Don't get sucked into the euphoria of quick hits like "Twilight: New Moon" pulling in $140 million at the box office this past weekend -- the fourth biggest opening for a movie ever. There is still trouble ahead in DVD-land.
For years the home video market rode the backs of all that upfront theatrical marketing -- and typically pulled down much more in revenue that actual theatrical revenues.
Now things look as if they're changing. Time Warner says it sees the market stabilizing. This would be good news for Wal-Mart, the biggest retailer of home video entertainment in the U.S. With all the digital offerings consumers believe are to come, Wal-Mart and its $78 machine is offering a quick fix for accessing movie-like content. Of course this competes with a long-term vision sold to consumers that entertainment will be accessed with a few key strokes or a couple of clicks on a remote from a variety of device -- laptops, mobile phones, set-top boxes, and other services.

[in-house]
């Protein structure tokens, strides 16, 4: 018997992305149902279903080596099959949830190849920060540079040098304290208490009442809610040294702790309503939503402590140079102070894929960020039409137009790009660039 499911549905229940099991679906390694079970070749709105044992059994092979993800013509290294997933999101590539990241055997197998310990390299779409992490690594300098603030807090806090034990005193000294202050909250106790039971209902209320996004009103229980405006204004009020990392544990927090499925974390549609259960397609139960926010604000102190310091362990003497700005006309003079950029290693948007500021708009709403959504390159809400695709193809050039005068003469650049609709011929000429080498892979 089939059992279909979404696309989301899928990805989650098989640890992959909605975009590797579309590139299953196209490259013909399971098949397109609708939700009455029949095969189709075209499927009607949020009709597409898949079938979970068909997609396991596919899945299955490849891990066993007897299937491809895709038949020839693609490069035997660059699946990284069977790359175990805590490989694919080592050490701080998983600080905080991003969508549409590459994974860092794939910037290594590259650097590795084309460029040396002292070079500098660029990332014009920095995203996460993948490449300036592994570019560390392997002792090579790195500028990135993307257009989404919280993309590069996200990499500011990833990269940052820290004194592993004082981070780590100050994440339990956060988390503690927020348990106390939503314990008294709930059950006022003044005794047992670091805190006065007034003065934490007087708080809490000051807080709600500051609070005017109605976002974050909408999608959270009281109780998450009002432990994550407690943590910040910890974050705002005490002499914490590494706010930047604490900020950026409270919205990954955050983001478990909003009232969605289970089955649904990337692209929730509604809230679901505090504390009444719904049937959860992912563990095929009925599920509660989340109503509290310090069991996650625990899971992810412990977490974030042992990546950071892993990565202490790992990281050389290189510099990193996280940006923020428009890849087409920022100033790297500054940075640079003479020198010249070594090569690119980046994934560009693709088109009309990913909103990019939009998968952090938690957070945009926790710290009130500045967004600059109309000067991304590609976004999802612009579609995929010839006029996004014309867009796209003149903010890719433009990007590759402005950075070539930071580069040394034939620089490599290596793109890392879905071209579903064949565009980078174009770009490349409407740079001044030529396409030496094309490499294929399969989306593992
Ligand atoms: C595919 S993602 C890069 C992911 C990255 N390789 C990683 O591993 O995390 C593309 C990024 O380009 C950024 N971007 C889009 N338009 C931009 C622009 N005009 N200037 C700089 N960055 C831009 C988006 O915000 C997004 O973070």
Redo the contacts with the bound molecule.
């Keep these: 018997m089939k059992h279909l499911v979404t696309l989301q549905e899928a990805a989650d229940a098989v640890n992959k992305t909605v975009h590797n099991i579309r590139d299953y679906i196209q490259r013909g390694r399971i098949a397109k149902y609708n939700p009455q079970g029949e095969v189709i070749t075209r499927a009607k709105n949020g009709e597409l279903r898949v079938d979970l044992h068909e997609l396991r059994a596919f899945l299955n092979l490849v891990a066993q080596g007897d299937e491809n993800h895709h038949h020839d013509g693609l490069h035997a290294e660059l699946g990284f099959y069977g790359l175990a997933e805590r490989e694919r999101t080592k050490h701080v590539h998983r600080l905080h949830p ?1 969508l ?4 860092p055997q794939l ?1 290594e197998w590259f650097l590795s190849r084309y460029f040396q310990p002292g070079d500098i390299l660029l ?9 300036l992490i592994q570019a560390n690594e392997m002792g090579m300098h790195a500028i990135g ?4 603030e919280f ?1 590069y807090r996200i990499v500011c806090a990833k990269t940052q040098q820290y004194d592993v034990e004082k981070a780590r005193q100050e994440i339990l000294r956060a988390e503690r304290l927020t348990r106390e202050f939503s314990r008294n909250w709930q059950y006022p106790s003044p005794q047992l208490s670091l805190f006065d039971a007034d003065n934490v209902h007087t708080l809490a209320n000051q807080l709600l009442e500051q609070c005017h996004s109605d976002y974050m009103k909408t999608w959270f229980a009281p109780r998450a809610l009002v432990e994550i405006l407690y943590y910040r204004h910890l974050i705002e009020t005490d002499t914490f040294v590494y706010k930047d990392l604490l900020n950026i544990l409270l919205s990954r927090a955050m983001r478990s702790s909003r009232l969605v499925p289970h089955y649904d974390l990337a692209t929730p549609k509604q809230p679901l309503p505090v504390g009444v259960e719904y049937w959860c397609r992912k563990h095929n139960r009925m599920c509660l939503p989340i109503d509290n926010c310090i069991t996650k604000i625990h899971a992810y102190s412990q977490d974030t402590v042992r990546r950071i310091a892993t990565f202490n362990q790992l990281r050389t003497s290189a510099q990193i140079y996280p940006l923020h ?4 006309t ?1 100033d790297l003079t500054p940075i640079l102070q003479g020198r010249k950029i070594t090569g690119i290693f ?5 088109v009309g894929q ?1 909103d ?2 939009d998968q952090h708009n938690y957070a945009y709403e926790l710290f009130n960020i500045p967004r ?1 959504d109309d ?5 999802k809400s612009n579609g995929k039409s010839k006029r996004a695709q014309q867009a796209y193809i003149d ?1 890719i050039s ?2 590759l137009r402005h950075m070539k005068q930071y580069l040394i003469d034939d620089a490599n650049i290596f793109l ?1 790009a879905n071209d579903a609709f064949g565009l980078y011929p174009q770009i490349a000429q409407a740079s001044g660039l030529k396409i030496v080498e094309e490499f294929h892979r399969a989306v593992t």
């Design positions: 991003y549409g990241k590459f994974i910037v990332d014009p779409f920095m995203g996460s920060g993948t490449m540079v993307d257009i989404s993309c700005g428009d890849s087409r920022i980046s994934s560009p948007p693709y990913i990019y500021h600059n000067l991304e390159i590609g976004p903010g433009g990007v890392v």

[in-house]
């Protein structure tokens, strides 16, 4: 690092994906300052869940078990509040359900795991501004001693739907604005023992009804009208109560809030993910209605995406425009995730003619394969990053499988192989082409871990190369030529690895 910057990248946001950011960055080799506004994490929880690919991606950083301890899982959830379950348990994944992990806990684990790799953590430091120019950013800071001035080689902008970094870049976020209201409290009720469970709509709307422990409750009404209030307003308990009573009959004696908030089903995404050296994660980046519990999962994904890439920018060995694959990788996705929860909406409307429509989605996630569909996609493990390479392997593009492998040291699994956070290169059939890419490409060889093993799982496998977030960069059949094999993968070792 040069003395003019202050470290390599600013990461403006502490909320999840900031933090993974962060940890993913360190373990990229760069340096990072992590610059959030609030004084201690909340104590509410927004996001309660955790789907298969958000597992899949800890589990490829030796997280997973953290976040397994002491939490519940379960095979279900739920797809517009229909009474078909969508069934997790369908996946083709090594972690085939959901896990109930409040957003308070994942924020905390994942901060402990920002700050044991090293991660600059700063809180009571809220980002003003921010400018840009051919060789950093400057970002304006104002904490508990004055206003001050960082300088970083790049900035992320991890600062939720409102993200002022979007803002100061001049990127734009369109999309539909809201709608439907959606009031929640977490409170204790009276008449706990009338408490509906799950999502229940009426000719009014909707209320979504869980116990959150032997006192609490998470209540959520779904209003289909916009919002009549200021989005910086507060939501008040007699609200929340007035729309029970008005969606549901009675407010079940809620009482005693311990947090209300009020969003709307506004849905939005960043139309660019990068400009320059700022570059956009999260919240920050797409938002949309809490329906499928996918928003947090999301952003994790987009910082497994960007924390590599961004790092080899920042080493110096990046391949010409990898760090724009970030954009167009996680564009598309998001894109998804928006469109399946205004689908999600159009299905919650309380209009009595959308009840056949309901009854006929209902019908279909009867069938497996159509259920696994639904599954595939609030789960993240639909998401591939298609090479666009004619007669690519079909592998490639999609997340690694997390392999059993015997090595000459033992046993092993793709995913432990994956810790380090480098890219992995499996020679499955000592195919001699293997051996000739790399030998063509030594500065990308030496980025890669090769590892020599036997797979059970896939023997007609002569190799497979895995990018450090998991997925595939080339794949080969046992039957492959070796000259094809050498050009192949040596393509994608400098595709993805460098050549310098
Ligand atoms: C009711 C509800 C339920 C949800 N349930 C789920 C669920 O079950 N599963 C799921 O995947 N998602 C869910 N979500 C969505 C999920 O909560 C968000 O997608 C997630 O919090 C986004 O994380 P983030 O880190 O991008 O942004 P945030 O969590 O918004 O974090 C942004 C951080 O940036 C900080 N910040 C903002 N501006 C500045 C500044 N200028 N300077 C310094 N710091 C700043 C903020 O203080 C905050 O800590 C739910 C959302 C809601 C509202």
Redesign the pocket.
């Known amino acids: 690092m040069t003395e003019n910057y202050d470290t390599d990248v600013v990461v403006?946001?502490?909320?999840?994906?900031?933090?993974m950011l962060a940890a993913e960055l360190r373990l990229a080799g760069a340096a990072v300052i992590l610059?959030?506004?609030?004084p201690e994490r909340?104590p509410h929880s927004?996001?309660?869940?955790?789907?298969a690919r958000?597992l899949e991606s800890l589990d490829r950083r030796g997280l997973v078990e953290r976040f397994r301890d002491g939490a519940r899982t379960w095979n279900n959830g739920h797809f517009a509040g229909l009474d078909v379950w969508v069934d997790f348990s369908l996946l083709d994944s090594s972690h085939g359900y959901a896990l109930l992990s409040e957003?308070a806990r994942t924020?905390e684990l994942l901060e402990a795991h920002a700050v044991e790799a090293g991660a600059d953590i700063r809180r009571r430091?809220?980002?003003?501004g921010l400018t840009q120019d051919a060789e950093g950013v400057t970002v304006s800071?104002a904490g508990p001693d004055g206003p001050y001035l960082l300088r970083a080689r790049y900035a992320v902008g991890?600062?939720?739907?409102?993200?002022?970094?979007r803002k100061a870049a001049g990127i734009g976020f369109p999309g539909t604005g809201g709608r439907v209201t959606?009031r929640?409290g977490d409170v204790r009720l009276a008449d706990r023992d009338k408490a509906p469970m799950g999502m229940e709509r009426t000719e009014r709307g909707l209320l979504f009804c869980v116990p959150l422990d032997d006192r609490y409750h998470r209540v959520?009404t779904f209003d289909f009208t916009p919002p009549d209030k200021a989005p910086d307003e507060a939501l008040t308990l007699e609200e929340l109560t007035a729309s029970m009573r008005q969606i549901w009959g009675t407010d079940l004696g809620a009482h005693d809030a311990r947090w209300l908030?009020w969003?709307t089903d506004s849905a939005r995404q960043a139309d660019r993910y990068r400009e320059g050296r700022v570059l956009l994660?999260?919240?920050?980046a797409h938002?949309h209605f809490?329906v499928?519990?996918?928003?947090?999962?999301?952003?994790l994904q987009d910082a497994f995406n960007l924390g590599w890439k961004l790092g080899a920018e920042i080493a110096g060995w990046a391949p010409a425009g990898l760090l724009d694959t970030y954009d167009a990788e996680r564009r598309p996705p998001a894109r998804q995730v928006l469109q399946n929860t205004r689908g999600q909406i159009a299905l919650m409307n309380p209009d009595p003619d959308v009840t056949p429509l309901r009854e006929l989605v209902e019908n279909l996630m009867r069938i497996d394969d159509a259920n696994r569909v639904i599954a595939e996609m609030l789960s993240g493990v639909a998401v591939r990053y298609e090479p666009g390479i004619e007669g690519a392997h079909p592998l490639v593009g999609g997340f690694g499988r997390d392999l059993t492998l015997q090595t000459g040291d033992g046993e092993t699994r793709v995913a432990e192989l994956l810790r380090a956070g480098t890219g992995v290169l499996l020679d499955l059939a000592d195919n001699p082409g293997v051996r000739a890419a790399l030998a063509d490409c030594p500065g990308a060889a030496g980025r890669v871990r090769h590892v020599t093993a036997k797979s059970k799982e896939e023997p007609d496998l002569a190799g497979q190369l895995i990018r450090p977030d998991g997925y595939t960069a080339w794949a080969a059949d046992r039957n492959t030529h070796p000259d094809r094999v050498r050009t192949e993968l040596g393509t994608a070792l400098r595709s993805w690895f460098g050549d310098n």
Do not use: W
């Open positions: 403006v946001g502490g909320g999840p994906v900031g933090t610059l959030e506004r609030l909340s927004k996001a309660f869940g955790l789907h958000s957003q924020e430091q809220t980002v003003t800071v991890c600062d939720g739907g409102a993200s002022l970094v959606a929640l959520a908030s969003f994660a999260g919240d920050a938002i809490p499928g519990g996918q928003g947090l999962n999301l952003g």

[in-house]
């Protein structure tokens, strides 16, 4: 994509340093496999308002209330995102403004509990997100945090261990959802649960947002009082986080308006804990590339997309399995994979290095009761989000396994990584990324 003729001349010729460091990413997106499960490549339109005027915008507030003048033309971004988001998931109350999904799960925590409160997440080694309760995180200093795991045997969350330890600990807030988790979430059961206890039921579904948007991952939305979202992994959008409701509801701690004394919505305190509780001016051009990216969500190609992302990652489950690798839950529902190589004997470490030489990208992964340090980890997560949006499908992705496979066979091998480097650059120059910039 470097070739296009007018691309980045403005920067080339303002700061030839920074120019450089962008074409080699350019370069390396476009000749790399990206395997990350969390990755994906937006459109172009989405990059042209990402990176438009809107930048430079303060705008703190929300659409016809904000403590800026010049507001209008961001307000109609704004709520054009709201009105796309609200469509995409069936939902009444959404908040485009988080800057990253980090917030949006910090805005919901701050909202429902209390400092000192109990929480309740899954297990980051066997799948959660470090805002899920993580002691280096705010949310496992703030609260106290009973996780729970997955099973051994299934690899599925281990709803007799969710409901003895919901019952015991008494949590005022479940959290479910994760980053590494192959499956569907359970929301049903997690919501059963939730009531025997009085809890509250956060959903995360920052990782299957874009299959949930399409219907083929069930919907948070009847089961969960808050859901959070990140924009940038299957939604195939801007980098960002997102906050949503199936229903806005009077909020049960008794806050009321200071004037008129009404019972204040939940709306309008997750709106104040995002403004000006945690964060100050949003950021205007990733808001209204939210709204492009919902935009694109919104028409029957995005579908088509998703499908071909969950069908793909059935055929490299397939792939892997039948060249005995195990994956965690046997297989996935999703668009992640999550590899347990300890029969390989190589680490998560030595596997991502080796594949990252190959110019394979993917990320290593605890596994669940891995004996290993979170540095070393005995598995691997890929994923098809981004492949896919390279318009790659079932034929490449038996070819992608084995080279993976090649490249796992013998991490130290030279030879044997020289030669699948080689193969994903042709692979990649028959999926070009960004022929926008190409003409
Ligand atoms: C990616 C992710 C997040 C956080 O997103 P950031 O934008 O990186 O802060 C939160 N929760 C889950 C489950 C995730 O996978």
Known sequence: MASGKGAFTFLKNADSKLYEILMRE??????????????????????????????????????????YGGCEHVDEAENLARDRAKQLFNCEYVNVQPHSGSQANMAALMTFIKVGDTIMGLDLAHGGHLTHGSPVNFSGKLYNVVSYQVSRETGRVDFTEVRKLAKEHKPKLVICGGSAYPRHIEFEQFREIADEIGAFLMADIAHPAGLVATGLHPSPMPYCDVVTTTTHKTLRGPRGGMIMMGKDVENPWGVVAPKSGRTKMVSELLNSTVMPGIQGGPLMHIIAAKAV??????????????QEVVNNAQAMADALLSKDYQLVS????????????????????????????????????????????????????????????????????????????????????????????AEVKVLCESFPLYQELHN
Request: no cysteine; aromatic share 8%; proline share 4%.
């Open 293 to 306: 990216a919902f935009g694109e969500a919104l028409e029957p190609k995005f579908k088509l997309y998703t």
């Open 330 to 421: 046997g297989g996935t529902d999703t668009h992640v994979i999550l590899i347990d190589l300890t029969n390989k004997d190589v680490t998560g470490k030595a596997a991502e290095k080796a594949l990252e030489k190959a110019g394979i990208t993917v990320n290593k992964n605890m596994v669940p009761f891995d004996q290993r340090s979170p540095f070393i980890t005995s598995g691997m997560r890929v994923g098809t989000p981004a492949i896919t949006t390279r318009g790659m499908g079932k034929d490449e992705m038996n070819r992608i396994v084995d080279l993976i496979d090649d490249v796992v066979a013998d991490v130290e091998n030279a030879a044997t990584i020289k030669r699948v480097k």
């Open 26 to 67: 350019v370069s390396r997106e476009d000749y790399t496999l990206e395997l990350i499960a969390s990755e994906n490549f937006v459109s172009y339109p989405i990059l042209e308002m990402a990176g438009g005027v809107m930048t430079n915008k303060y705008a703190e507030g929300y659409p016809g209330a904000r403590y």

Entertainment discounting comes in waves -- which may grab a few consumers who are fishing for deals. Other temptations include buying Blu-Ray movies for $10.
Consumers will pay something to add to their private DVD collection - especially with the knowledge that someday they can have whatever they want via a broadband connection from the likes of Netflix, Blockbuster Video, Hulu, or others.
At the same time future entertainment discounters need to consider this: Soaring amounts of content - available digitally at many other platforms -- mean consumers may not be in any rush to buy the likes of another new box to sit next to their TV.
Overall, the future of entertainment points to a simple Apple iPhone-like world, one where there are fewer boxes, fewer wires, and clean design. Wal-Mart looks to complicate things -- at least for the short-term.